What Does it Take to Photograph Spacecraft in a Clean-Room?

[youtube_video]http://youtu.be/I31jiFQc1_E[/youtube_video]

Video courtesy of AmericaSpace

CAPE CANAVERAL, Fla — It isn’t every day that one gets to go into the clean rooms located at Astrotech’s facilities in Titusville, Fla. When a member of the media does so, it’s usually to take images or video of the spacecraft that are processed there. The procedure to get into the high bays located in this bastion of high technology can be rather involved. Check out the video the AmericaSpace team produced to see just how involved.

AmericaSpace visited the Tracking and Data Relay Satellite K (TDRS-K) during a media event hosted by NASA on Jan. 11, 2013. This was not the first time that Alan Walters, Julian Leek, and I had been in one of these sterile facilities, having visited NASA’s Mars Science Laboratory rover Curiosity, the Mars Phoenix Lander, GRAIL, and several others before. We wanted to take a second this time, however, to show you at home what is needed to be able to have this unique opportunity.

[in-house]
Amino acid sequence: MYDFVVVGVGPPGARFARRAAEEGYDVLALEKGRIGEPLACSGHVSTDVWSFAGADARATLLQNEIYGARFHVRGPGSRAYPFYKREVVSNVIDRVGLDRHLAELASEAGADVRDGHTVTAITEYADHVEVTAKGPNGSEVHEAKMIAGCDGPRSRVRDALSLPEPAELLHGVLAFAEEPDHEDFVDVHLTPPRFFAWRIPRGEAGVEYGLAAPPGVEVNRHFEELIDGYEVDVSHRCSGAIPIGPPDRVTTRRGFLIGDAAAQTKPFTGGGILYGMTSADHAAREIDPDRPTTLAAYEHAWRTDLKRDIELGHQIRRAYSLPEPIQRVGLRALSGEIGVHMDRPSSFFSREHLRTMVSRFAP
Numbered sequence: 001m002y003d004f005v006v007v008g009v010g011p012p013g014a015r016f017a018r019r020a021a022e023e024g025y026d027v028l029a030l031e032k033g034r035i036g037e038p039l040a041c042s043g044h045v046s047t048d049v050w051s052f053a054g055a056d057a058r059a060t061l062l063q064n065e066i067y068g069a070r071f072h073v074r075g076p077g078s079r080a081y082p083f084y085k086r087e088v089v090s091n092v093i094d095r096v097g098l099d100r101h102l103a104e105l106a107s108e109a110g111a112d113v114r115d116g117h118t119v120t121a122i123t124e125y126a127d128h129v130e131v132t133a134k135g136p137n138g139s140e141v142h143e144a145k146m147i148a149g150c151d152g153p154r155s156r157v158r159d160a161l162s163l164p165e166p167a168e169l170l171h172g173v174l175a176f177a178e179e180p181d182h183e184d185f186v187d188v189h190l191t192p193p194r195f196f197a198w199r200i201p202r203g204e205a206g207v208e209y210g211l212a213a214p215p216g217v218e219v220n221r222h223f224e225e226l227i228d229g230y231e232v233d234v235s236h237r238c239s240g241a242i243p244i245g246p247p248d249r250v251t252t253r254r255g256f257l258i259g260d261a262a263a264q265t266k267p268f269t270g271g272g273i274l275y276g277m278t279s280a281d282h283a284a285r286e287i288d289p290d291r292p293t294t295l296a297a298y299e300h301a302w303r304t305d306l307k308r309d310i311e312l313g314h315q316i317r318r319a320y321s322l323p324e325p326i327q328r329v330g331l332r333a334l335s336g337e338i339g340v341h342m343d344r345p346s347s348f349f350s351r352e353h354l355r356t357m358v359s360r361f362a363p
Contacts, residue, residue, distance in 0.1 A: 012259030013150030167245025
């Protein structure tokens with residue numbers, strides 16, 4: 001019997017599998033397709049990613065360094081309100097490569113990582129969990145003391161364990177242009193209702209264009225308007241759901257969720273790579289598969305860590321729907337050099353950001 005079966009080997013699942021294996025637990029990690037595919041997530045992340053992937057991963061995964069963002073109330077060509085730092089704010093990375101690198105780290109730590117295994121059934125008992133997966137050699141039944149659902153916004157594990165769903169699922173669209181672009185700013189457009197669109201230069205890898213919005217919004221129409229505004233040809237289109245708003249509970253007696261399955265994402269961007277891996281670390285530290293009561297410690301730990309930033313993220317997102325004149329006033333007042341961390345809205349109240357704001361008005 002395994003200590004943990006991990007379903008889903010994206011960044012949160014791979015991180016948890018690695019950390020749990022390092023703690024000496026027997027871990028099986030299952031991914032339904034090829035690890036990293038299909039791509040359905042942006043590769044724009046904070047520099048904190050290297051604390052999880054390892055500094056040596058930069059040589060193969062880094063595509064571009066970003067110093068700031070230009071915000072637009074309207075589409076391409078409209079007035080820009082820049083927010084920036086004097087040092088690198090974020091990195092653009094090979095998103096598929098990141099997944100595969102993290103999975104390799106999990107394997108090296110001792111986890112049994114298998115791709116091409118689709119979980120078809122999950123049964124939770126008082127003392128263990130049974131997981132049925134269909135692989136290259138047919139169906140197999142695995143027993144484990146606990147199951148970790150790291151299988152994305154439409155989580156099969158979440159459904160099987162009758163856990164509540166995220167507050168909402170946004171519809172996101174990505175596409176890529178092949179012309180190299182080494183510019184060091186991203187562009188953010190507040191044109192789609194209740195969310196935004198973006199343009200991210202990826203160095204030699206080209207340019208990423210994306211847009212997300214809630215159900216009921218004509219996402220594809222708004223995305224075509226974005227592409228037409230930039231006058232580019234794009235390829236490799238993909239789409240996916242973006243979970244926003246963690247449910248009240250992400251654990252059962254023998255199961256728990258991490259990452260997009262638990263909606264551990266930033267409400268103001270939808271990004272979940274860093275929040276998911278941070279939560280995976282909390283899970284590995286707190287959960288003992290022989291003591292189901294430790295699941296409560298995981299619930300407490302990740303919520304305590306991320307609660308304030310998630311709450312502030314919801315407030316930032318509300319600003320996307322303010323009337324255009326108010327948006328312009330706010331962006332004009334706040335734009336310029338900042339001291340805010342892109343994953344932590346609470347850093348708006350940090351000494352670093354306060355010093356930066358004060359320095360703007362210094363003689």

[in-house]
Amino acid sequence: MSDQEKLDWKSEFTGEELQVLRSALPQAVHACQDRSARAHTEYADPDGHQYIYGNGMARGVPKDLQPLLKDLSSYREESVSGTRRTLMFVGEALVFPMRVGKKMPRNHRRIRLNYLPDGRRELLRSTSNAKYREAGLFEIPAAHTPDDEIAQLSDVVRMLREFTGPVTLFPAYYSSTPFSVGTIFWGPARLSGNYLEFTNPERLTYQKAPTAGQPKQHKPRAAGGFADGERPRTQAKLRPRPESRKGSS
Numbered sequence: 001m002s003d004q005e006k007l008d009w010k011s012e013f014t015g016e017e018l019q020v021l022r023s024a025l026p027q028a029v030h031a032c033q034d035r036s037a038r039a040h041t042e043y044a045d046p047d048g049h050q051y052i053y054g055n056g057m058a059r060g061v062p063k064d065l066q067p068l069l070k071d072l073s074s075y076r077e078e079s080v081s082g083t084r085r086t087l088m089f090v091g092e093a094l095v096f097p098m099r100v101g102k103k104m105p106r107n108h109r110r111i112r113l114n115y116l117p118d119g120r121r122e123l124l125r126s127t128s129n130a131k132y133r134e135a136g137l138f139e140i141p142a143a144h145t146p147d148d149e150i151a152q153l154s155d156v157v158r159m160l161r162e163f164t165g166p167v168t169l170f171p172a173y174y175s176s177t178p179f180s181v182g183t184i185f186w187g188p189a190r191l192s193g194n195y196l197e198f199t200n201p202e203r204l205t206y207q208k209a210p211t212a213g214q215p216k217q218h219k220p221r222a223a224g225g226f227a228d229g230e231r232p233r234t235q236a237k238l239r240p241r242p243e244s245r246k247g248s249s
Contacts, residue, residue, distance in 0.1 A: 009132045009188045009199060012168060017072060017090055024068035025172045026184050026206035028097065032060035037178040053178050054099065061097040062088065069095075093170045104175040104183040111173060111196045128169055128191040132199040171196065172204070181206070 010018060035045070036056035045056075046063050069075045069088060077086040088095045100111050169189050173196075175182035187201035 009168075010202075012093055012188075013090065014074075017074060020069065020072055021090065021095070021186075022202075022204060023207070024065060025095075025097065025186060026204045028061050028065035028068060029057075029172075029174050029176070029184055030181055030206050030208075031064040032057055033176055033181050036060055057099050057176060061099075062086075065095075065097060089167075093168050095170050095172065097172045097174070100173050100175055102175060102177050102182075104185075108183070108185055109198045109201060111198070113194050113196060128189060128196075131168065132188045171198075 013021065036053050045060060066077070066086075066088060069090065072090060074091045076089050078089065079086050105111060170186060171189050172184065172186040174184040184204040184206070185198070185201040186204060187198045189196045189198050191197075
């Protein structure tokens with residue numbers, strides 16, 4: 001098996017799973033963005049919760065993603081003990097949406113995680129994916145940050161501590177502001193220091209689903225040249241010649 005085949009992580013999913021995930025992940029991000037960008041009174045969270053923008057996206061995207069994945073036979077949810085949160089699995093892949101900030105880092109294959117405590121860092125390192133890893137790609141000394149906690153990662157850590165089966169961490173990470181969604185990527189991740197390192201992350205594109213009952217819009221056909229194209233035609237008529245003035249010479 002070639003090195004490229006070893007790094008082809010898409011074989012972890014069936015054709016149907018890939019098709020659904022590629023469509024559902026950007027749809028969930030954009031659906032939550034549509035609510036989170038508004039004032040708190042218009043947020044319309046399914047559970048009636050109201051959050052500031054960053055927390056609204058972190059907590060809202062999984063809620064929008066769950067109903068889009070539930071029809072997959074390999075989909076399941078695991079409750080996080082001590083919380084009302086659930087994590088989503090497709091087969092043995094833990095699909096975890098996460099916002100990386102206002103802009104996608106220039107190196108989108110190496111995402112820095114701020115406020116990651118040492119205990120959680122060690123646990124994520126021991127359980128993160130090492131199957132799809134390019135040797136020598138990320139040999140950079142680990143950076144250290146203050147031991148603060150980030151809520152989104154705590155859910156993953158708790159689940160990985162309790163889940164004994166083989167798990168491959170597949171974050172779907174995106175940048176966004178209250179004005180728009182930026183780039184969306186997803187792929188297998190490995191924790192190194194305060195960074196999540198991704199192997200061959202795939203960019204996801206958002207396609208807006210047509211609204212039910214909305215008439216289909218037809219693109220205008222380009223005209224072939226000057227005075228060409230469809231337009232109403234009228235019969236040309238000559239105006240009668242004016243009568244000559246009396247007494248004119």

The above video is meant to slightly inform and to provide you with a laugh at our expense – enjoy.

2 comments to What Does it Take to Photograph Spacecraft in a Clean-Room?

  • Mary Kanian

    Ha ha ha! Very CUTE….but also an INFORMATIVE GLIMPSE into a world most of us have no awareness of……we just read a tiny blurb on a back page of a newspaper…if we’re lucky…..that “some sort of satellite was launched”.

    It’s what is wrong with media & our society these days….that we know what some bimbo ate for breakfast today and what designer brands she wears….but no clue as to who was the first man to set foot on the Moon or even WHO the current Vice-President of the United States is.

  • I agree – very informative! I wonder if the procedures for interplanetary spacecraft were even more strict, especially for the Apollo and Mars spacecraft?!